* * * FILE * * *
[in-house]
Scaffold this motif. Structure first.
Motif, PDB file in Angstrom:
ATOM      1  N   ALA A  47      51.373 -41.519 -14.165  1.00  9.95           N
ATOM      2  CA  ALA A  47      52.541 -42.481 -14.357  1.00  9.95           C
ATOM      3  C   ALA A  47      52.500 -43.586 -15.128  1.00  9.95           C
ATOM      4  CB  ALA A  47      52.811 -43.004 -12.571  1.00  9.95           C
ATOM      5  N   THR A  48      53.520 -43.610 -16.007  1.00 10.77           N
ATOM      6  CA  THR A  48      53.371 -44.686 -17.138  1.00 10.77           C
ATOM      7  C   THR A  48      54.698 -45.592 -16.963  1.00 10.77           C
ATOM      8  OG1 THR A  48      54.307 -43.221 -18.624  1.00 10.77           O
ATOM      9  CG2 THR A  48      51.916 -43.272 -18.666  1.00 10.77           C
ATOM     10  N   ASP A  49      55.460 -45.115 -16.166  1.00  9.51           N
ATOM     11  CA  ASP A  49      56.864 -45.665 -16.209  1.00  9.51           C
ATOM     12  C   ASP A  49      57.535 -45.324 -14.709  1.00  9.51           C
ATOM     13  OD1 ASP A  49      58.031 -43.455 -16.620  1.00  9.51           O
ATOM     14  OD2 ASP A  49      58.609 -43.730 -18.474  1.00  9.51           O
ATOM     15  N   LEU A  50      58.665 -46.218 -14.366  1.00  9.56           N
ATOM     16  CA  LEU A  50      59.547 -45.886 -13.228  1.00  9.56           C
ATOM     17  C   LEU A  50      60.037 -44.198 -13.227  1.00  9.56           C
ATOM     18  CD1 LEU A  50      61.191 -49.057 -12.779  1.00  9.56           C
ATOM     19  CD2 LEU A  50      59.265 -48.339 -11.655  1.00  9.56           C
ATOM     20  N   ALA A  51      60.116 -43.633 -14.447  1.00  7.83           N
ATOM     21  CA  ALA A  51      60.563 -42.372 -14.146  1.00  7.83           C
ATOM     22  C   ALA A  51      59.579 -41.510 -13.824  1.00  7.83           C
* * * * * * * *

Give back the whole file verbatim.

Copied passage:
[in-house]
Scaffold this motif. Structure first.
Motif, PDB file in Angstrom:
ATOM      1  N   ALA A  47      51.373 -41.519 -14.165  1.00  9.95           N
ATOM      2  CA  ALA A  47      52.541 -42.481 -14.357  1.00  9.95           C
ATOM      3  C   ALA A  47      52.500 -43.586 -15.128  1.00  9.95           C
ATOM      4  CB  ALA A  47      52.811 -43.004 -12.571  1.00  9.95           C
ATOM      5  N   THR A  48      53.520 -43.610 -16.007  1.00 10.77           N
ATOM      6  CA  THR A  48      53.371 -44.686 -17.138  1.00 10.77           C
ATOM      7  C   THR A  48      54.698 -45.592 -16.963  1.00 10.77           C
ATOM      8  OG1 THR A  48      54.307 -43.221 -18.624  1.00 10.77           O
ATOM      9  CG2 THR A  48      51.916 -43.272 -18.666  1.00 10.77           C
ATOM     10  N   ASP A  49      55.460 -45.115 -16.166  1.00  9.51           N
ATOM     11  CA  ASP A  49      56.864 -45.665 -16.209  1.00  9.51           C
ATOM     12  C   ASP A  49      57.535 -45.324 -14.709  1.00  9.51           C
ATOM     13  OD1 ASP A  49      58.031 -43.455 -16.620  1.00  9.51           O
ATOM     14  OD2 ASP A  49      58.609 -43.730 -18.474  1.00  9.51           O
ATOM     15  N   LEU A  50      58.665 -46.218 -14.366  1.00  9.56           N
ATOM     16  CA  LEU A  50      59.547 -45.886 -13.228  1.00  9.56           C
ATOM     17  C   LEU A  50      60.037 -44.198 -13.227  1.00  9.56           C
ATOM     18  CD1 LEU A  50      61.191 -49.057 -12.779  1.00  9.56           C
ATOM     19  CD2 LEU A  50      59.265 -48.339 -11.655  1.00  9.56           C
ATOM     20  N   ALA A  51      60.116 -43.633 -14.447  1.00  7.83           N
ATOM     21  CA  ALA A  51      60.563 -42.372 -14.146  1.00  7.83           C
ATOM     22  C   ALA A  51      59.579 -41.510 -13.824  1.00  7.83           C